A review of successes and challenges in current programming
Development programs are increasingly aiming to support populations already affected by the impacts of climate change through a variety of interventions that aim to strengthen climate resilience. Programs focused on inclusive finance are also designing interventions to reach development outcomes, and within those programs, there are considerable discussions on how savings can contribute to resilience more broadly.
This knowledge review provides insights from across the current literature and shares illustrative examples of programs and activities that are designed to increase climate resilience through the use of savings components. The review focuses particularly on successes and challenges in building up climate resilience, across three dimensions: disaster preparedness, response, and adaptation to climate change.
Lessons from India on leveraging government transfers to drive women’s financial inclusion
In March 2020 as the COVID-19 pandemic spread worldwide, the Indian government undertook one of its largest relief initiatives to date. From April to June 2020, women customers in the government’s financial inclusion program, Pradhan Mantri Jan Dhan Yojana (PMJDY), received a cash transfer of INR 500 (~ $6.85) per month. The initiative sought to mitigate potential loss of income as a result of the pandemic and bolster the overall financial security of women and their households.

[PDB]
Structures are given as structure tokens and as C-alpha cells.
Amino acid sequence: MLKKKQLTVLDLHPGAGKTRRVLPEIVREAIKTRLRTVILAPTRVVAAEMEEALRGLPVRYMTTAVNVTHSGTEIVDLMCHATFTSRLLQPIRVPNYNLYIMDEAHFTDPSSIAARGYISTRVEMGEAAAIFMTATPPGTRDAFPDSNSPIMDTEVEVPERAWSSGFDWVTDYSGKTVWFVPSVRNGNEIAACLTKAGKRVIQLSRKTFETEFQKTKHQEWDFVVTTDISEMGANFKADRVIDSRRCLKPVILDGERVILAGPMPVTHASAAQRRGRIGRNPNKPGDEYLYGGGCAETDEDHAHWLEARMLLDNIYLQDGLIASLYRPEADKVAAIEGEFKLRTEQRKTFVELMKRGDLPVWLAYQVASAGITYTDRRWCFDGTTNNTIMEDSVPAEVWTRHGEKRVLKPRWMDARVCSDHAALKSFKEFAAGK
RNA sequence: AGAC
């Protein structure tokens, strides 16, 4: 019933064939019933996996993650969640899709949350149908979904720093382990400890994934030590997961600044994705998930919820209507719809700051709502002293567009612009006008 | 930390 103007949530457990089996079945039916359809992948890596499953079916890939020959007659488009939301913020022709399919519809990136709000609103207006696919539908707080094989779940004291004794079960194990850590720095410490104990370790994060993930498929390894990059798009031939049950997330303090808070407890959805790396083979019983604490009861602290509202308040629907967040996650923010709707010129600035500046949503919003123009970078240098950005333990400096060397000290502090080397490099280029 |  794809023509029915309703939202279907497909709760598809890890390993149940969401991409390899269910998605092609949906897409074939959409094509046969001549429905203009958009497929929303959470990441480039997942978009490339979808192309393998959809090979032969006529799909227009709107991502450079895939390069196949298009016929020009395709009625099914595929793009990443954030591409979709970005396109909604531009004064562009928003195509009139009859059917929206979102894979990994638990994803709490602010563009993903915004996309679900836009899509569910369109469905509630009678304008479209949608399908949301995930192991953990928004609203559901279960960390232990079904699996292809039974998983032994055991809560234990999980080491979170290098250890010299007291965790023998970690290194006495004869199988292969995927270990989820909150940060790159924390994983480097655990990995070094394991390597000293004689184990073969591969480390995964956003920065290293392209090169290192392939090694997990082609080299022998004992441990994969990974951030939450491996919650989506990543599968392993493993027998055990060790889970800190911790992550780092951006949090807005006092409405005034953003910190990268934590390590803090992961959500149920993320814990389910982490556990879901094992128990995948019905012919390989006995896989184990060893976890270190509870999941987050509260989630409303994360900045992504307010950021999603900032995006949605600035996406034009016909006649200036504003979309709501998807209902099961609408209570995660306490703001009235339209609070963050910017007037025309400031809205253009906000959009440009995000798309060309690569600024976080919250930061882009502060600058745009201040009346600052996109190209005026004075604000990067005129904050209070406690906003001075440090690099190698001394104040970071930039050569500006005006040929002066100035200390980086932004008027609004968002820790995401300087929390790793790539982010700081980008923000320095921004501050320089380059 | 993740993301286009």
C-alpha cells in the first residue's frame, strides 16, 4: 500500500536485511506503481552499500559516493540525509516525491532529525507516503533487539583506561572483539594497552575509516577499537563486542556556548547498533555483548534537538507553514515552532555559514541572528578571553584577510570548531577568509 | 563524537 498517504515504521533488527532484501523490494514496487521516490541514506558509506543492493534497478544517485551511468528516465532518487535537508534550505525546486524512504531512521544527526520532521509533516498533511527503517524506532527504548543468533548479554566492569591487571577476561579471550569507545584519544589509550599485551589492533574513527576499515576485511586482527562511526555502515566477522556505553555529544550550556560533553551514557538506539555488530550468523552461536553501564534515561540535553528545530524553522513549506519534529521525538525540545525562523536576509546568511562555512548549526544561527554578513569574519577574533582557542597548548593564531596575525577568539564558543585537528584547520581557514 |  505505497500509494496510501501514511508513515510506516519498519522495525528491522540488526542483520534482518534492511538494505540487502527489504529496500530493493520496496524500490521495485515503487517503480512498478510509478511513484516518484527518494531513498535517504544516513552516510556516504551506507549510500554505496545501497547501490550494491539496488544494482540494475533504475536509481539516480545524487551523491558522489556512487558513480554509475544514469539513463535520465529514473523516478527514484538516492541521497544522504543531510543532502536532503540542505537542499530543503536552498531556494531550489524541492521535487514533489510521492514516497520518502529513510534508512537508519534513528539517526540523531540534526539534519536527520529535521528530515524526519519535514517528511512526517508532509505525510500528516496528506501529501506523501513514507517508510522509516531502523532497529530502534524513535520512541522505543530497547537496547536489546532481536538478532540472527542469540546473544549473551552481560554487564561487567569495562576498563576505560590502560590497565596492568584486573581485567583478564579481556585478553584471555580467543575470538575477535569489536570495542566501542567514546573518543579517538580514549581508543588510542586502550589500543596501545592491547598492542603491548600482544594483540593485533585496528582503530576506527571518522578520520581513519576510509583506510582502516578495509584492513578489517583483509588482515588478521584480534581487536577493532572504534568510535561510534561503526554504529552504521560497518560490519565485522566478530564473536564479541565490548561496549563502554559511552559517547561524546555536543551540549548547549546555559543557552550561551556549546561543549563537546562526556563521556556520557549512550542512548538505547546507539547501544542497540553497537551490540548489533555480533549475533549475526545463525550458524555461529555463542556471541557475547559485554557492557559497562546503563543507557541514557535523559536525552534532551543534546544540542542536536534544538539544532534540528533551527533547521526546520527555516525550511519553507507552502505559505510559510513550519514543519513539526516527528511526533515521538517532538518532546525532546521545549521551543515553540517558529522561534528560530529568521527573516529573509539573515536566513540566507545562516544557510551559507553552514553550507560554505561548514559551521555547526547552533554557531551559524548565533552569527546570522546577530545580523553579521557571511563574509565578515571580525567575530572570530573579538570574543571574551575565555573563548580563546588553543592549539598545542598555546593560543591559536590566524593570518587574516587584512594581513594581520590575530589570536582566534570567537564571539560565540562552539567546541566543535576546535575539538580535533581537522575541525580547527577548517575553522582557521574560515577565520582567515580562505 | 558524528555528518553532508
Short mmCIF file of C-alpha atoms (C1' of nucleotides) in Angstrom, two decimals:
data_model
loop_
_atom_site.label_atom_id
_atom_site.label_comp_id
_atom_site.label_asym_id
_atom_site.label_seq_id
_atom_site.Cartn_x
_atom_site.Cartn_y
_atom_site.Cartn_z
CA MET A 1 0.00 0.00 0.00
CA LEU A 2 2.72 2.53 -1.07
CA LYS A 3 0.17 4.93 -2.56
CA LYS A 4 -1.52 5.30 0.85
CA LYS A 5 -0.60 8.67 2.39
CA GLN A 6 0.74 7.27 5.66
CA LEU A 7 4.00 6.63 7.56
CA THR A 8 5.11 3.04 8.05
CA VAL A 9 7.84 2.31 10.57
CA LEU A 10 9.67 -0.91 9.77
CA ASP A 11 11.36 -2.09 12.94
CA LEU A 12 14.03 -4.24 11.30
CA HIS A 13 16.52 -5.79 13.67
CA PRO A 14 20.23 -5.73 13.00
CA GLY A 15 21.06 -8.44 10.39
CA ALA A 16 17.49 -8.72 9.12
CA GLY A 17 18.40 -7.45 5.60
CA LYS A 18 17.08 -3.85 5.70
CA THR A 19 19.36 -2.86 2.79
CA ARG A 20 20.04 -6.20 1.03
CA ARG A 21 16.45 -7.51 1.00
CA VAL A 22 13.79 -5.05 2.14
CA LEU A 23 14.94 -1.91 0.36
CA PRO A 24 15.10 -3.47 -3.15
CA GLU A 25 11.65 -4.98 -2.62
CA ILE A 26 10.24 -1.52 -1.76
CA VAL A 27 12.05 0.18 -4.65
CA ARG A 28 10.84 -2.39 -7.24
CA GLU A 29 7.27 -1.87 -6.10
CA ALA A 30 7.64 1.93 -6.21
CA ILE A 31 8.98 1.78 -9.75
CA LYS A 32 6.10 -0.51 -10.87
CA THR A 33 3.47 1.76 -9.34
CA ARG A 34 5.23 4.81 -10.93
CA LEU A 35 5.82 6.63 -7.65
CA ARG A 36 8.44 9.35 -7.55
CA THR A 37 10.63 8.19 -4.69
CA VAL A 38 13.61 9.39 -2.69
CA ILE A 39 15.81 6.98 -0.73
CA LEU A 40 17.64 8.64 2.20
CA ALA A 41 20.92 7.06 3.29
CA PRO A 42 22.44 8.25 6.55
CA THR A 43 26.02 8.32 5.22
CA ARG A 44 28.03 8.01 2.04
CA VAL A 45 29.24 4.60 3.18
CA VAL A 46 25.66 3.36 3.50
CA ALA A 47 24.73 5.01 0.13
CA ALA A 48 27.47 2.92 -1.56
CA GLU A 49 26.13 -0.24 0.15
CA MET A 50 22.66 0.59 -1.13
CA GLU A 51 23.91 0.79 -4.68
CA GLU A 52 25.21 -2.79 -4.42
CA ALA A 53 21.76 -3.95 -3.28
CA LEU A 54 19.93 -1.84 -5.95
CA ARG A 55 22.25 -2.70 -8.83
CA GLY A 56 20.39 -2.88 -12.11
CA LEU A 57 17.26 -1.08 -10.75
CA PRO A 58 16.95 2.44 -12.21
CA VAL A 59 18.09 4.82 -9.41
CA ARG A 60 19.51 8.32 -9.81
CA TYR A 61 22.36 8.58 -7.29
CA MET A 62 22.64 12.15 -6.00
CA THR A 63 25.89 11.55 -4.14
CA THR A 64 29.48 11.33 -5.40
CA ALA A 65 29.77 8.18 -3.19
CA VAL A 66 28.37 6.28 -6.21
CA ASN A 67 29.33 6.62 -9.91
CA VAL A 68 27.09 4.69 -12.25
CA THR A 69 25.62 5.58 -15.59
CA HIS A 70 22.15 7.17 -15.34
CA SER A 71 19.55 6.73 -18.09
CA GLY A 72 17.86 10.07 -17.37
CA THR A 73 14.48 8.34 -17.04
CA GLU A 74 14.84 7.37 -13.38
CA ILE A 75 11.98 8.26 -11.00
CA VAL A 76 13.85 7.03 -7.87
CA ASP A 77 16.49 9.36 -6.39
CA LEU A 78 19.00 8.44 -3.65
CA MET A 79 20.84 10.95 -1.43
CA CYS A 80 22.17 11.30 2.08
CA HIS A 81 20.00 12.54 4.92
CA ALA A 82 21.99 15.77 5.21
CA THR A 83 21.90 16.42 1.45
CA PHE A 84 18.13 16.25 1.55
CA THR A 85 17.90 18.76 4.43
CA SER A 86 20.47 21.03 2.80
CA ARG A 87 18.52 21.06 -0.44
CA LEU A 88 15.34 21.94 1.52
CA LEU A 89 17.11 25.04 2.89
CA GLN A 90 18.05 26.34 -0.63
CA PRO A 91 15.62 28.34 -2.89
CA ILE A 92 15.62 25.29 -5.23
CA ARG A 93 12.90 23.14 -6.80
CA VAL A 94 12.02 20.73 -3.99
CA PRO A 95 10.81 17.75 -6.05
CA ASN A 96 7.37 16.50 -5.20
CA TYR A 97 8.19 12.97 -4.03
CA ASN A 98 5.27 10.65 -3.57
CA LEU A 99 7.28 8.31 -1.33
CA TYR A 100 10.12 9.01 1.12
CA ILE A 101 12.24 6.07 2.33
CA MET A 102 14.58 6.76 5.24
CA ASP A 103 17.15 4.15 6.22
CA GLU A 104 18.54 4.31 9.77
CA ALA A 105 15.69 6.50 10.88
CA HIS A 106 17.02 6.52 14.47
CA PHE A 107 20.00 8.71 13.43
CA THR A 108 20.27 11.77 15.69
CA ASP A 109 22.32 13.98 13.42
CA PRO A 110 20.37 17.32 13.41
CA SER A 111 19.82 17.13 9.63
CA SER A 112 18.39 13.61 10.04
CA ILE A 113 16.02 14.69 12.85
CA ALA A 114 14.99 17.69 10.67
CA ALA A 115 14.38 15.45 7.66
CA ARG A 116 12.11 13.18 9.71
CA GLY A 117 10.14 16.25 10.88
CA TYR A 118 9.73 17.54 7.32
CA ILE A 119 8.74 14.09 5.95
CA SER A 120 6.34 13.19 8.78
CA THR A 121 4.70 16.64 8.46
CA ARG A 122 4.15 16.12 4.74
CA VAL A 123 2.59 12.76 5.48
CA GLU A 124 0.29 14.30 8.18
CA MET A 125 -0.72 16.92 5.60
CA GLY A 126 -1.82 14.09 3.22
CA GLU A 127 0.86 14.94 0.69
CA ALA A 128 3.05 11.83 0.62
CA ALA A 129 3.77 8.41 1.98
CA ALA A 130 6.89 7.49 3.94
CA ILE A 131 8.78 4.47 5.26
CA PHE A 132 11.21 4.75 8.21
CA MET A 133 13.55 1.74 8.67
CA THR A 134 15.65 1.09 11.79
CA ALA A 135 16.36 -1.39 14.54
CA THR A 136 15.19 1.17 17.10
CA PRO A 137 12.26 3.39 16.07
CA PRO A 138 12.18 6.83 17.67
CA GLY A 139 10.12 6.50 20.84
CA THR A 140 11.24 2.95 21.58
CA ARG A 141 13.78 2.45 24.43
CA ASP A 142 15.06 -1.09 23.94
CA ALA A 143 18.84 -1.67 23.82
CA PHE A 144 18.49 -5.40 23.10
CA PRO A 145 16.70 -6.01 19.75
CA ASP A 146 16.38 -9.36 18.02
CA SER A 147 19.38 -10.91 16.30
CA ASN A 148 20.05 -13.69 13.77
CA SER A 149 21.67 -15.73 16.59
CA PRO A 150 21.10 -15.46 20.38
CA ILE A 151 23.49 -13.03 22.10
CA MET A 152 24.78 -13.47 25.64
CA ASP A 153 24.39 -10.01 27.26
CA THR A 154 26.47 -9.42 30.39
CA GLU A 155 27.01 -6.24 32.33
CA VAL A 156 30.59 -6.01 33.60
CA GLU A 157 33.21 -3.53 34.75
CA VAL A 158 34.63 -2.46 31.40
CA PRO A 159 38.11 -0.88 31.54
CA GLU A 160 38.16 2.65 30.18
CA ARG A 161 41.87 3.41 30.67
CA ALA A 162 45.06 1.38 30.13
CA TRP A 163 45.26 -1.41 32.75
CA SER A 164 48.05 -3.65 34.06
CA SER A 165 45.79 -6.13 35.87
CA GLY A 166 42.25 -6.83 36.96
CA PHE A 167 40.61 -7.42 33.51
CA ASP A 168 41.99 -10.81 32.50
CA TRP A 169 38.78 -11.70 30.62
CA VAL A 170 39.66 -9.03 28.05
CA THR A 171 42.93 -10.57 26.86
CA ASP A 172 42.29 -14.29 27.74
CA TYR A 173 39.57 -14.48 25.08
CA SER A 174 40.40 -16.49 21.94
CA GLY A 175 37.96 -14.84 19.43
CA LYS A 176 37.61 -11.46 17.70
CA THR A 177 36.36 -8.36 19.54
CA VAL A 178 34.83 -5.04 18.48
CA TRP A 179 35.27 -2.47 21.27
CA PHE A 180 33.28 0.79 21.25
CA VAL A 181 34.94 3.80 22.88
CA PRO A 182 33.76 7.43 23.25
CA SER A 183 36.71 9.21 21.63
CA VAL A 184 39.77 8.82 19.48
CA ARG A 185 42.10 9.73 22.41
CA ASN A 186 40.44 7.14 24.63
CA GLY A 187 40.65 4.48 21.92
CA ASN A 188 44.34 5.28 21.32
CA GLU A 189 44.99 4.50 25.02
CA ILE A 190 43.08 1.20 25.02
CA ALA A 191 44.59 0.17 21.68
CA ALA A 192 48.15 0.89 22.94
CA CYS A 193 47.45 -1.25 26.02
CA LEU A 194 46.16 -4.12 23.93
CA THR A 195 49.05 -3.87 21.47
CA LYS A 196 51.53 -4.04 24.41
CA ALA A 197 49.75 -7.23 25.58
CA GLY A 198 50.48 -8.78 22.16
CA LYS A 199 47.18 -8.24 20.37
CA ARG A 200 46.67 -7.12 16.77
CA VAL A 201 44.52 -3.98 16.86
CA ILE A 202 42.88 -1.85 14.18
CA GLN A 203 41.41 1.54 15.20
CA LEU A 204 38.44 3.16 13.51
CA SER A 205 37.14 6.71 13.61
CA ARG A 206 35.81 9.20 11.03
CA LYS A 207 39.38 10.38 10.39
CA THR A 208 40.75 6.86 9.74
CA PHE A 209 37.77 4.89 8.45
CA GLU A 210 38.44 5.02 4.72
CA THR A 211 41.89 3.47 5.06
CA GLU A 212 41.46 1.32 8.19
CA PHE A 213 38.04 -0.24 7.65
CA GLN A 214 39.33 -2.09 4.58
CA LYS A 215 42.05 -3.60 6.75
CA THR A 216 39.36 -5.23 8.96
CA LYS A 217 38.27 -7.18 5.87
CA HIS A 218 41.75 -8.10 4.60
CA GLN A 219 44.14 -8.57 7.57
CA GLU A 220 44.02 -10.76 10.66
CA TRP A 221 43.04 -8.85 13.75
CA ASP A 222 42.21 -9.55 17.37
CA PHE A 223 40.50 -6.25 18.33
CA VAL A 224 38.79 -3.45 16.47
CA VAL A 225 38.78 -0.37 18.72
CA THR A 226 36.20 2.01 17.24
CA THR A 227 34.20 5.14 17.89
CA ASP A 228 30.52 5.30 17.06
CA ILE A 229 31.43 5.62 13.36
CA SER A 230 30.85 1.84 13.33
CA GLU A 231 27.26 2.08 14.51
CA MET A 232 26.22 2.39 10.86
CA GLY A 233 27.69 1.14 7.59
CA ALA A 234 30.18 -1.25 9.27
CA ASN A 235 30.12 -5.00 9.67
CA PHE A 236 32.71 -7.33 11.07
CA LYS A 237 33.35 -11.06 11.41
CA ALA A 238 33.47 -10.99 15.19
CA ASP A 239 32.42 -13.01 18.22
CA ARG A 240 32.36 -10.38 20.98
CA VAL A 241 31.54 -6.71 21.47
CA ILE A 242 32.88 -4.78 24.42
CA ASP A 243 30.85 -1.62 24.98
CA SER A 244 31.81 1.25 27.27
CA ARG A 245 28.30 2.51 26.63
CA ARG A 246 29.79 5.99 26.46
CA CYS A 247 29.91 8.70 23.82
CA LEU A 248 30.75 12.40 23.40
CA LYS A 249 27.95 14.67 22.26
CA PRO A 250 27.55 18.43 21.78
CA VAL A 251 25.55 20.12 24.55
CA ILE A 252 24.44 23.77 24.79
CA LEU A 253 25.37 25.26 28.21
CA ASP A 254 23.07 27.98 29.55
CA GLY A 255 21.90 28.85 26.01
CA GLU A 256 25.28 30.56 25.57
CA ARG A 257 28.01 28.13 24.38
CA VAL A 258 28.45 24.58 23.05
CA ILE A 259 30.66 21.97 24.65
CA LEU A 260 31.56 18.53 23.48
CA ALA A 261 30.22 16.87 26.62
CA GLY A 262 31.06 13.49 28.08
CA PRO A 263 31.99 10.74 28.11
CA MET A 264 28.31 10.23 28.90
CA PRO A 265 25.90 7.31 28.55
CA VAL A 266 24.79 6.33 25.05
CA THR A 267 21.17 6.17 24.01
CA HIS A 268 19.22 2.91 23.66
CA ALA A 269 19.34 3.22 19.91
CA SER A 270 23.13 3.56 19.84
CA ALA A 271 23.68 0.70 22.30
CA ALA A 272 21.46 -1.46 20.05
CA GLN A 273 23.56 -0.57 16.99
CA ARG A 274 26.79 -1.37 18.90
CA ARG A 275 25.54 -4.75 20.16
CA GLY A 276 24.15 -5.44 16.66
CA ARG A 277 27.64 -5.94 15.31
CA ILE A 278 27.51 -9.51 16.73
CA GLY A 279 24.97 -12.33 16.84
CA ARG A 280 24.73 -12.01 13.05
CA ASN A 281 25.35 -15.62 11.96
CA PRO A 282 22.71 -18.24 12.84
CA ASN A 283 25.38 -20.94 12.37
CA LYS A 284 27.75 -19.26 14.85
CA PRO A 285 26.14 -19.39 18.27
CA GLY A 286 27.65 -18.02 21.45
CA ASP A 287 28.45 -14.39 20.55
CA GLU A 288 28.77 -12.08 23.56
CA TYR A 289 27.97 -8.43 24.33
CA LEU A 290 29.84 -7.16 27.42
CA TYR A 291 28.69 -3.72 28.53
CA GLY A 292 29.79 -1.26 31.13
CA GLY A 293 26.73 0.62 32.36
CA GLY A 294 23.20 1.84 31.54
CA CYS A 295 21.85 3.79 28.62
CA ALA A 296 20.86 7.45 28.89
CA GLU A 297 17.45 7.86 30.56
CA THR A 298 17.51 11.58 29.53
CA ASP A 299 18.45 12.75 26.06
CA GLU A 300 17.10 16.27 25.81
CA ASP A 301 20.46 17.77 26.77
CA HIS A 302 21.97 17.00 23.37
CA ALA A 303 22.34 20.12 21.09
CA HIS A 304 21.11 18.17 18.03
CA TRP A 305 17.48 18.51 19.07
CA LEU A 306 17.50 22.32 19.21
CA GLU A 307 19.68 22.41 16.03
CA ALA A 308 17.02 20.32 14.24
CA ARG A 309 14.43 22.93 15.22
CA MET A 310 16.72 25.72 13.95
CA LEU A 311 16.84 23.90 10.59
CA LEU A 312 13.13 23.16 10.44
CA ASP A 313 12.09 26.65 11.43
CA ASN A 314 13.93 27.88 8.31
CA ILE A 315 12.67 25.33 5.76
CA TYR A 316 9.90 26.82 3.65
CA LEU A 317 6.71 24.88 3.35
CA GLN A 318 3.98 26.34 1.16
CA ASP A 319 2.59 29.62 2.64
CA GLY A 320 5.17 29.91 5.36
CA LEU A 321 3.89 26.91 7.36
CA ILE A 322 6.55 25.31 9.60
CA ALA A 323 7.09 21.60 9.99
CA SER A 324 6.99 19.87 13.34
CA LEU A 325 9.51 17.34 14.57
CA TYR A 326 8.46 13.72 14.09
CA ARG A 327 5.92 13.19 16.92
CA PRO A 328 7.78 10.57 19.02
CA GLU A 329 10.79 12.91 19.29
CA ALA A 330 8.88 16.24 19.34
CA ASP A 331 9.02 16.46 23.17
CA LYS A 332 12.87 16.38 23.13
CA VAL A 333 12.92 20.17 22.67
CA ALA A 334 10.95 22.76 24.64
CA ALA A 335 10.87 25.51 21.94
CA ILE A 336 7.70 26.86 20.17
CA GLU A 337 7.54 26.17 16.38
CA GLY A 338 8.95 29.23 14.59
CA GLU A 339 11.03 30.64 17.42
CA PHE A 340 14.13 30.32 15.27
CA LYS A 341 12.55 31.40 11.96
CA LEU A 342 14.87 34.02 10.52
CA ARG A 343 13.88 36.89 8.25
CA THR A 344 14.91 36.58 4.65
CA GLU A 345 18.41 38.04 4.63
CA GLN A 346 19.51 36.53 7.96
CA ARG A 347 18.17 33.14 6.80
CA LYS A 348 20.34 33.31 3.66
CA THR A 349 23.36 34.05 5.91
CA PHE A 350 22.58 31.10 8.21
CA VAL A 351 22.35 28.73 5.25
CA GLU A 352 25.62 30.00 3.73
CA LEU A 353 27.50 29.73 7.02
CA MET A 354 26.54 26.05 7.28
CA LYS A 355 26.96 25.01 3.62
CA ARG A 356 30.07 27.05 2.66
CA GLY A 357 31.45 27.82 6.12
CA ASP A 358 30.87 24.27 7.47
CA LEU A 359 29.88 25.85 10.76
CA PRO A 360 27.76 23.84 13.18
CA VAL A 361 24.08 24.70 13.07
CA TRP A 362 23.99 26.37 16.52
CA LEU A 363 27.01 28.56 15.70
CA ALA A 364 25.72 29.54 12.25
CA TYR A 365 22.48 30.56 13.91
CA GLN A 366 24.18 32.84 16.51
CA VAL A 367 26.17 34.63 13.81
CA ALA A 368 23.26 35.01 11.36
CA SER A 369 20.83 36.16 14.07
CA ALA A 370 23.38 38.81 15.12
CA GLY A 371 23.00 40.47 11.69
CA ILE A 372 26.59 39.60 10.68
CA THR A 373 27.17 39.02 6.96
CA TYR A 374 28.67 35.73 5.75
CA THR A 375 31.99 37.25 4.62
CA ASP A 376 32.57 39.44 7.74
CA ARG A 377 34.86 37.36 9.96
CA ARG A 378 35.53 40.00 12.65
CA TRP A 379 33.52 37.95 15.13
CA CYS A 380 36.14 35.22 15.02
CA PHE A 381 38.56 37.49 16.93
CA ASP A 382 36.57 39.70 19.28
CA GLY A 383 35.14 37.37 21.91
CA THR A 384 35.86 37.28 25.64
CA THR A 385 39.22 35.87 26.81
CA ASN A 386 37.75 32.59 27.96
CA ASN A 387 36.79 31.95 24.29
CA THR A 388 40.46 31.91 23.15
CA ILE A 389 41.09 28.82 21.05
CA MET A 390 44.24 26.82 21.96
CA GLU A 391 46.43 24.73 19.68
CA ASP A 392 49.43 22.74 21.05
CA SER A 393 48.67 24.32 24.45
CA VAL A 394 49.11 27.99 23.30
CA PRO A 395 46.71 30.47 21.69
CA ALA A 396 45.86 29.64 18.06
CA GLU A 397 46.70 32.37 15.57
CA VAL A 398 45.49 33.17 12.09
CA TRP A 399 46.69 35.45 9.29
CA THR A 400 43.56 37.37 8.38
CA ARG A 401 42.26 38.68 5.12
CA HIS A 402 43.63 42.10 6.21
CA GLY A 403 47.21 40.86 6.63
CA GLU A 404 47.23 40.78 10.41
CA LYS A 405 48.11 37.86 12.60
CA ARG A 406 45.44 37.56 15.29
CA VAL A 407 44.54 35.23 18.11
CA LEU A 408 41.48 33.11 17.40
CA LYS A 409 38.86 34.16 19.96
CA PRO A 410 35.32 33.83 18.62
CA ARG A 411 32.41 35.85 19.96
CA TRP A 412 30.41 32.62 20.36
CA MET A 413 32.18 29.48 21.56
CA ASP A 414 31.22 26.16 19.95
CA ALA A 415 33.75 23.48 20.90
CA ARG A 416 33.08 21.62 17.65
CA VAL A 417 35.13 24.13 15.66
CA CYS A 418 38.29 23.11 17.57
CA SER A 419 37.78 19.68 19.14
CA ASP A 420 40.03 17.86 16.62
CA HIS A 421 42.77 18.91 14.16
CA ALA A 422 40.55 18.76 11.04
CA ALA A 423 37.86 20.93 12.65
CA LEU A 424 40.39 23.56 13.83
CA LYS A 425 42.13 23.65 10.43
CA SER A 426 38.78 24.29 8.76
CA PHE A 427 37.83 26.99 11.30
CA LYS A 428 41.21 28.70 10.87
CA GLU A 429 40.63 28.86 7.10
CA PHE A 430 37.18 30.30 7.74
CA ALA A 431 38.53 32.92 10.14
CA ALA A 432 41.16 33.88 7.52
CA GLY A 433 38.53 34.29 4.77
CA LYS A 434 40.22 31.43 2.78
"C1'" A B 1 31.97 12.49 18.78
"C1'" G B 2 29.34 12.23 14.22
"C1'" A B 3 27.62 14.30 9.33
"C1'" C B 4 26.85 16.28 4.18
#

Direct government transfers to women beneficiaries can contribute significantly to women’s financial inclusion by increasing access and usage of financial services. To see if this was happening in India, Women’s World Banking partnered with a leading public sector bank in India to assess the effect of COVID-19 relief payments on the account activity of approximately 318,000 women customers during lockdown. In this blog, we reflect upon key findings from our study and propose solutions which could help build women customers’ financial resilience amidst a global pandemic.
The coffee sector has a huge potential to contribute to poverty alleviation in East Africa, but the sector’s development is hampered by a lack of savings and credit facilities. Moreover, women’s access to financial services is even more restricted than that of men, and most women in rural areas continue to save in secret hiding places, and borrow from shops, agricultural input wholesalers or agro-vets. Microfinance in East Africa – Schemes for Women in the Coffee Sector aims to give an overview of the savings and credit landscape relevant to women engaged in the production and processing of coffee, particularly in Uganda and Kenya. It explains reasons for the limited microfinance coverage of women engaged in the sector, and provides suggestions to increase it. It also offers an easy overview of who-is-who in microfinance in East Africa with services targeted at women and the coffee sector.